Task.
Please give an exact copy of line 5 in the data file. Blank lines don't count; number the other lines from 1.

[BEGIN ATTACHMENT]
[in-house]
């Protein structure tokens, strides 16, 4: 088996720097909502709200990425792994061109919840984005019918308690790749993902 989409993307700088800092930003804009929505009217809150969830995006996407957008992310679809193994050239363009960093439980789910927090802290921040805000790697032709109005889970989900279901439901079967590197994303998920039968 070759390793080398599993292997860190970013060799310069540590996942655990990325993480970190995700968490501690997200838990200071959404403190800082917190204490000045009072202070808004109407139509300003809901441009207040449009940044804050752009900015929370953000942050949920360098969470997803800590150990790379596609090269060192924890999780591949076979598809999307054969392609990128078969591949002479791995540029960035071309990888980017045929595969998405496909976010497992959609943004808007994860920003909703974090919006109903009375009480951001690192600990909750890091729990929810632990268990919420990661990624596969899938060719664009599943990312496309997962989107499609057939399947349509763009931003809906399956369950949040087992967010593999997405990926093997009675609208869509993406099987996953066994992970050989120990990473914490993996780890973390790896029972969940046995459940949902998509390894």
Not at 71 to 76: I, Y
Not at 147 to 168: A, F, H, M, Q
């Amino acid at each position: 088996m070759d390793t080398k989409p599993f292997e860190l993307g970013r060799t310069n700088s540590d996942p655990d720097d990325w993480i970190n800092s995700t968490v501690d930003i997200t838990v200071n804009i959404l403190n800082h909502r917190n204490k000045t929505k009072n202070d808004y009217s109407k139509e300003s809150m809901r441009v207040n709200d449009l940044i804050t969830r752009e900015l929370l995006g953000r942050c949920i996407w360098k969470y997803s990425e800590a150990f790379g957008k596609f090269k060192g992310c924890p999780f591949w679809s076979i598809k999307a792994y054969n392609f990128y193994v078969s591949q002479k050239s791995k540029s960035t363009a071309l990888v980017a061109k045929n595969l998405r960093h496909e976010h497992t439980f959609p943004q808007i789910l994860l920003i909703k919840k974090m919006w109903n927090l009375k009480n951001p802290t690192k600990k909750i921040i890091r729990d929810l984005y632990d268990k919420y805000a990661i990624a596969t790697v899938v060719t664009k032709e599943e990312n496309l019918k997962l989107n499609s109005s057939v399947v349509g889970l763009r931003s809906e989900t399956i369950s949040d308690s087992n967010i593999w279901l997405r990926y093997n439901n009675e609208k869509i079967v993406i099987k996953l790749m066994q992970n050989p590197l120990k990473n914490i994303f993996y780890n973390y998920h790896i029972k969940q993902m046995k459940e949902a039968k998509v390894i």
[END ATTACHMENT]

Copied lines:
């Amino acid at each position: 088996m070759d390793t080398k989409p599993f292997e860190l993307g970013r060799t310069n700088s540590d996942p655990d720097d990325w993480i970190n800092s995700t968490v501690d930003i997200t838990v200071n804009i959404l403190n800082h909502r917190n204490k000045t929505k009072n202070d808004y009217s109407k139509e300003s809150m809901r441009v207040n709200d449009l940044i804050t969830r752009e900015l929370l995006g953000r942050c949920i996407w360098k969470y997803s990425e800590a150990f790379g957008k596609f090269k060192g992310c924890p999780f591949w679809s076979i598809k999307a792994y054969n392609f990128y193994v078969s591949q002479k050239s791995k540029s960035t363009a071309l990888v980017a061109k045929n595969l998405r960093h496909e976010h497992t439980f959609p943004q808007i789910l994860l920003i909703k919840k974090m919006w109903n927090l009375k009480n951001p802290t690192k600990k909750i921040i890091r729990d929810l984005y632990d268990k919420y805000a990661i990624a596969t790697v899938v060719t664009k032709e599943e990312n496309l019918k997962l989107n499609s109005s057939v399947v349509g889970l763009r931003s809906e989900t399956i369950s949040d308690s087992n967010i593999w279901l997405r990926y093997n439901n009675e609208k869509i079967v993406i099987k996953l790749m066994q992970n050989p590197l120990k990473n914490i994303f993996y780890n973390y998920h790896i029972k969940q993902m046995k459940e949902a039968k998509v390894i």